Dung flies are far more important than you would think. Without them we wouldn't just step in it occasionally, we would be up to our necks in it, and probably beyond. For the dung files do not accumulate on the dung merely for sunbathing, the purpose is far more serious than that. They assemble in pursuit of romance, the aroma calling them in to a lover's tryst. After brief preliminaries, mating takes place and then the female will lay her eggs in the dung and the early stages (the larva or maggot) will feed, consuming the dung with apparent relish. And so the cowpat has been the dance floor, the bedroom, the maternity ward, the restaurant and the kindergarten.
You may well feel that dung is dung and, if you should step in it, well, of course, it is all much of a muchness but if you were to eat it you would soon discern the subtle differences; from the smooth cowpat to the coarse horse dung, through to the rather strongly flavoured badger, dog and fox, right down to the rabbit, and for the delicate palate of some of the smaller flies we have bird droppings
The big furry golden dung fly Scathophaga stercoraria, will be found chiefly on cow dung, but occasionally on deposits of other mammals. Amongst these flies on cow pats you will also find the much smaller black flies that are loathe to take flight, preferring to run into the surrounding grasses. These are called Sphaerocerids, a large family with more than one hundred British species. Many Muscid type flies will also be found, including the very distinctive Mesembrina meridiana, a large shining black fly with orange bases to the wings. All three British biting muscids, including the stable fly, breed in dung. Some small acalypterate flies like the tiny yellow Chryomyid with green eyes, Chryomyia flava , thrive on bird droppings. Obviously these are the connoisseurs of the excreta eaters.
Now apart from those flies whose larvae actually consume the dung, there are, of course, those that consume the consumers. Many of the adult flies seen on the dung will actually have predatory larvae that will spend their larval stage seeking out the dung feeders for their own sustenance.
Mention should be made here of a dung frequenting pupa that finds itself amongst the dung almost by accident. This is the pupa of the internal parasite Gasterophilus which lives in the stomachs of horses as a larva and is excreted at the end of its larval development. It then finds itself deposited unceremoniously from a height of about three feet amongst a small heap of manure. On emergence the adult Gasterophilus leaves the dung never to return.
One could get the wrong idea about flies and dung. In fact only about 5% of our flies are associated with dung. So when you are eating lunch and a fly arrives for it's share remember only one in twenty has dirty feet. Deciding which one is the problem.



The following group of photos are all of Hymenoptera. The group includes all the bees, wasps and ants. These have all been identified by specialists. There are a huge number of different species,  just a few representatives are shown below. Accurate identification can rarely be done from photographs. Microscopical examination is necessary for most species.

Bombus hypnorum

Bombus lucorum

Bombus pratorum

Honey Bee Apis mellifera
A parasitic wasp, some of these are known as ichneumon flies.

A sawfly, the larvae of this group look like moth caterpillars. Some are serious garden pests, the larve eating a variety of plants.


Below a mixture of True Bugs and Leafhoppers,  Homoptera

A true bug Leptoterna ferrugata or dolabrata

A True Bug, The shield bug   Palomena prasina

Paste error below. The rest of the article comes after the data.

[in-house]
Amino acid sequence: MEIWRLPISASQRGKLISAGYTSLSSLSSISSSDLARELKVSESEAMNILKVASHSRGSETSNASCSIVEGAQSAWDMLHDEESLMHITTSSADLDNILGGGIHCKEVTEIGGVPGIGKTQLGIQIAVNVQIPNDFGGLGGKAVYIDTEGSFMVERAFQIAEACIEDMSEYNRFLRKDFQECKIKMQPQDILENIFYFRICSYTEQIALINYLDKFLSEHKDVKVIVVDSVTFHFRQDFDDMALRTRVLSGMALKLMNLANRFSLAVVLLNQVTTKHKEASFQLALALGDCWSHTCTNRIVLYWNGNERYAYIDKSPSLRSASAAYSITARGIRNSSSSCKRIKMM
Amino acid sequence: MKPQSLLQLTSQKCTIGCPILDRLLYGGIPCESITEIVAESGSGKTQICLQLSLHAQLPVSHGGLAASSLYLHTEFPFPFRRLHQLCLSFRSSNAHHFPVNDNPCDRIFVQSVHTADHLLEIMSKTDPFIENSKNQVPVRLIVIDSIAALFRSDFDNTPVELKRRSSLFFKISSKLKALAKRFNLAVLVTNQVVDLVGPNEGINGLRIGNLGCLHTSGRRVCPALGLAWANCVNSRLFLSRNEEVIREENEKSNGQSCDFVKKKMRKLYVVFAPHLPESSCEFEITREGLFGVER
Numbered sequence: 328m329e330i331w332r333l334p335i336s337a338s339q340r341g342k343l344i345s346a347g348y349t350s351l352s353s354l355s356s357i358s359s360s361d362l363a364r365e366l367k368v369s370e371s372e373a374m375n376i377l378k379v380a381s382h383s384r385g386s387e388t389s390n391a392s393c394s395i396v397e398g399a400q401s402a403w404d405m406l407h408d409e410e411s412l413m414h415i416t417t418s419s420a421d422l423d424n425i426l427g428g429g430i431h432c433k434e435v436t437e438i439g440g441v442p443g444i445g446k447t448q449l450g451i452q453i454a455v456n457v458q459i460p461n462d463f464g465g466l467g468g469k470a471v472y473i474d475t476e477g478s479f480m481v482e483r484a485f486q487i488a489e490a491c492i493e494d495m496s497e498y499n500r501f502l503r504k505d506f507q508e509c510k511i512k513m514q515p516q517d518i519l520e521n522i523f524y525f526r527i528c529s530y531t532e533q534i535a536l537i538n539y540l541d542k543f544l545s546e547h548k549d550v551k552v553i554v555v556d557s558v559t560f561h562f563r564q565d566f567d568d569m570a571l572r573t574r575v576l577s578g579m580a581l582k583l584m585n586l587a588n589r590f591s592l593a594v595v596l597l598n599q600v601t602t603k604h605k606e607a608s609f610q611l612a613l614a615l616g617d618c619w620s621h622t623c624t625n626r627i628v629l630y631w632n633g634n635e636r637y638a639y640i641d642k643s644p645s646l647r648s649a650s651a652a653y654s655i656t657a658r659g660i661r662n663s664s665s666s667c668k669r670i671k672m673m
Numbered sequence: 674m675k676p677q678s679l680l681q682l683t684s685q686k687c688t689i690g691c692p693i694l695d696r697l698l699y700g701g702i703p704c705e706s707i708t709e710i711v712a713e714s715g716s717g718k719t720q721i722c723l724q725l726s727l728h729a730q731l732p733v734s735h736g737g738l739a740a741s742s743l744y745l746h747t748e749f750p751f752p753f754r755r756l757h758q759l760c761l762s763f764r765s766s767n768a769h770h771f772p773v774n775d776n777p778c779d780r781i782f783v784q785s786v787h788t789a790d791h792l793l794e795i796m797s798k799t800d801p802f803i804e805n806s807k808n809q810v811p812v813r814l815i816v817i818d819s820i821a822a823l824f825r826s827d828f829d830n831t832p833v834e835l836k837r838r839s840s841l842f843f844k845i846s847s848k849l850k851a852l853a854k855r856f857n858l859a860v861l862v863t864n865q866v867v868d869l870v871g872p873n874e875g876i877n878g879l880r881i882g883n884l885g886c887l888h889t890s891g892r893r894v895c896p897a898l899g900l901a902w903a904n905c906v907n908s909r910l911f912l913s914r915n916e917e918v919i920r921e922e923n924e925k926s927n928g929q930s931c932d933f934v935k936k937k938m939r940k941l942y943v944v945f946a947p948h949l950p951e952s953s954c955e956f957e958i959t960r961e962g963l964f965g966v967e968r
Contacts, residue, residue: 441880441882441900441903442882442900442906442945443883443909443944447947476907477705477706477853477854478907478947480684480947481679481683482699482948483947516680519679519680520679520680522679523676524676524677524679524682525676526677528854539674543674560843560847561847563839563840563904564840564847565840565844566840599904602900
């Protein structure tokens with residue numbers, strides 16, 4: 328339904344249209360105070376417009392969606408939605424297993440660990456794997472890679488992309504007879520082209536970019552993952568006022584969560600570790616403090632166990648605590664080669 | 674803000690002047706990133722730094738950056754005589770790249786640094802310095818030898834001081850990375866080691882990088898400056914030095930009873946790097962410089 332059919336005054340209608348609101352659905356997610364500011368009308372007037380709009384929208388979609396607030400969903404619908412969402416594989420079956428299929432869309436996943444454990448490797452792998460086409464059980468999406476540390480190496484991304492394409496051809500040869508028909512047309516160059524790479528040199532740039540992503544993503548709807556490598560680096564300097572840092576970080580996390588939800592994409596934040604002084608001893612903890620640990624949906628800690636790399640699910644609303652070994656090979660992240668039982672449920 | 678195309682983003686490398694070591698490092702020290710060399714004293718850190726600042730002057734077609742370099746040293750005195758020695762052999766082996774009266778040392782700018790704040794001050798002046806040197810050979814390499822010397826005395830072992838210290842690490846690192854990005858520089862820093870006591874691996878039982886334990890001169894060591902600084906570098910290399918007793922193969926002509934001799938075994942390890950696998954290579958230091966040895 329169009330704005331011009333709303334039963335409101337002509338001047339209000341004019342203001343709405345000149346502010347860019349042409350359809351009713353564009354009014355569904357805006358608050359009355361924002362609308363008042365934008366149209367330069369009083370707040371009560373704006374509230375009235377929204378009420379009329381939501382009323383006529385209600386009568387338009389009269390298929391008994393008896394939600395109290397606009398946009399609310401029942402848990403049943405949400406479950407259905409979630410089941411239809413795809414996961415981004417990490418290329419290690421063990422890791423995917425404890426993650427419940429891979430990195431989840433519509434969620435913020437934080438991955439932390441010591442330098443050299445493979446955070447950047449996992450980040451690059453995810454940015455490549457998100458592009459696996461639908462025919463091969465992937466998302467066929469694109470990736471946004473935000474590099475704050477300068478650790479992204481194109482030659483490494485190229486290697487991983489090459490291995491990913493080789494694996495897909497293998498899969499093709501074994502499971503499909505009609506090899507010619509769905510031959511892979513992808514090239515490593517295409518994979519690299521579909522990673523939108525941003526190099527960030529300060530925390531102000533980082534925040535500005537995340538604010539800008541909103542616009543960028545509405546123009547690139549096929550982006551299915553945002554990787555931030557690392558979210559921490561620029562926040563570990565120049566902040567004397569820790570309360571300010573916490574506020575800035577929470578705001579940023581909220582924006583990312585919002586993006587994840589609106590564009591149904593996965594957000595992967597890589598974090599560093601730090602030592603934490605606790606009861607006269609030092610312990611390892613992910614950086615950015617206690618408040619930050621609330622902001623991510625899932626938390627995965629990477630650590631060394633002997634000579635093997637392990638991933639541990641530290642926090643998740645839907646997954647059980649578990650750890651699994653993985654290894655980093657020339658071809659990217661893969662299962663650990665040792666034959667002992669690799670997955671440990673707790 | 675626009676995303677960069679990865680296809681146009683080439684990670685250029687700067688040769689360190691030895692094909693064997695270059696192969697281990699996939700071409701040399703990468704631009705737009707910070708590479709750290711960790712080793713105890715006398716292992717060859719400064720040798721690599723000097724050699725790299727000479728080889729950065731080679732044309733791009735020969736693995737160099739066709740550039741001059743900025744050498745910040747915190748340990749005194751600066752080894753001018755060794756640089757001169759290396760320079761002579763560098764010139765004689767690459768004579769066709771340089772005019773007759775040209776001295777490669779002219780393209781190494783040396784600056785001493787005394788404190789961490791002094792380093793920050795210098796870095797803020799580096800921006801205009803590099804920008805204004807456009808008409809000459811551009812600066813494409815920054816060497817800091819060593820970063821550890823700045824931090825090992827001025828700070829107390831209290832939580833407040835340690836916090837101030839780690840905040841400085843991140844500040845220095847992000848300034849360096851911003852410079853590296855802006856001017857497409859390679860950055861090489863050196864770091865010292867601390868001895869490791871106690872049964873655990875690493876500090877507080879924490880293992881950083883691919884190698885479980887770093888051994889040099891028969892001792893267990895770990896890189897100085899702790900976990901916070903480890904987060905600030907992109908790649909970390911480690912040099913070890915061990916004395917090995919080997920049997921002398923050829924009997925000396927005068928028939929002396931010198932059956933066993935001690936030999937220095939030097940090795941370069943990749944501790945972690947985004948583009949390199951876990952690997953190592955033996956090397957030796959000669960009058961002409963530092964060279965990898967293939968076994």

A True Bug, Plagiognathus arbustorum. Often found on nettles

This is a very close relative of the true bugs from the group often  known as leafhoppers or froghoppers

Squash Bug (Coreus marginatus) Squash bugs are true bugs of the family Coreidae. This species feeds mainly on Docks. 12-14mm.

A true bug (Grypocoris stysi)


Some Insects from smaller orders

Scorpion fly, (below and opposite). Not a true fly but a member of the order Mecoptera. This is the genus Panorpa there are 3 very similar British species.


Meadow Grasshopper (Chorthippus parallelus)

Roesel's Bush Cricket (Metrioptera roeselii)

Meadow Grasshoppers are very variable in colour all three below are the same species. There are several other common species all very similar.

Speckled Bush Cricket Leptophyes punctatissima



Mixture of invertebrates photos from the park, unless otherwise stated they are by Don Tait

Cepaea nemoralis and C. hortensis can be separated by the their distinctly coloured apertural lip. (The edge of the opening) In adult specimens of C. nemoralis the lip is always brown, while that of C. hortensis is white.  C. nemoralis is also larger than C. hortensis. The colours of the shells are extremely variable and they cannot be identified by their shell colours apart from the lip. They are both common species. Identified by Simon Taylor of The Essex Field Club
Cepaea hortensis
Cepaea nemoralis
The mussels below were photographed at the cow pond by Belinda Bearman in August 2019 and in September by Peter Riley. Alan York identified them as Swan Mussels. I sent the pictures to the county mollusc recorder (Simon Taylor) for a comment. Alan's identification is correct and Simon said "Swan Mussels, Anodonta cygnea are our largest freshwater bivalve mollusc and inhabit bodies of still water, so larger ponds and lakes and occasional marginal pools on rivers. Obviously they need to be ponds or lakes which tend not to dry out as the mussels filter feed and are also not equipped to survive any period out of the water. This means the mussels tend to be under-recorded as they lurk undisturbed under the water until the pond is drained or dredged. Even then they often go unreported. In Essex they are pretty much universal in suitable habitats. They take a couple of decades to reach maximum length of about 8". Along with other Unionid freshwater mussels these famously reproduce and disperse by means of an obligate fish parasite larva called a glochidium." For size comparison the jar is a standard jamjar.

Simon Taylor states that this is almost certainly the Leopard slug  Limax maximus but he would need to see the underside to be completely certain.


This section is devoted to Myriaopods (Centipedes and Millipedes) and Isopods (Woodlice) There are a surprising number of British species there being about sixty species of Centipedes and even more Millipedes. The species below have been identified by members of the British Myriapod and Isopod Group (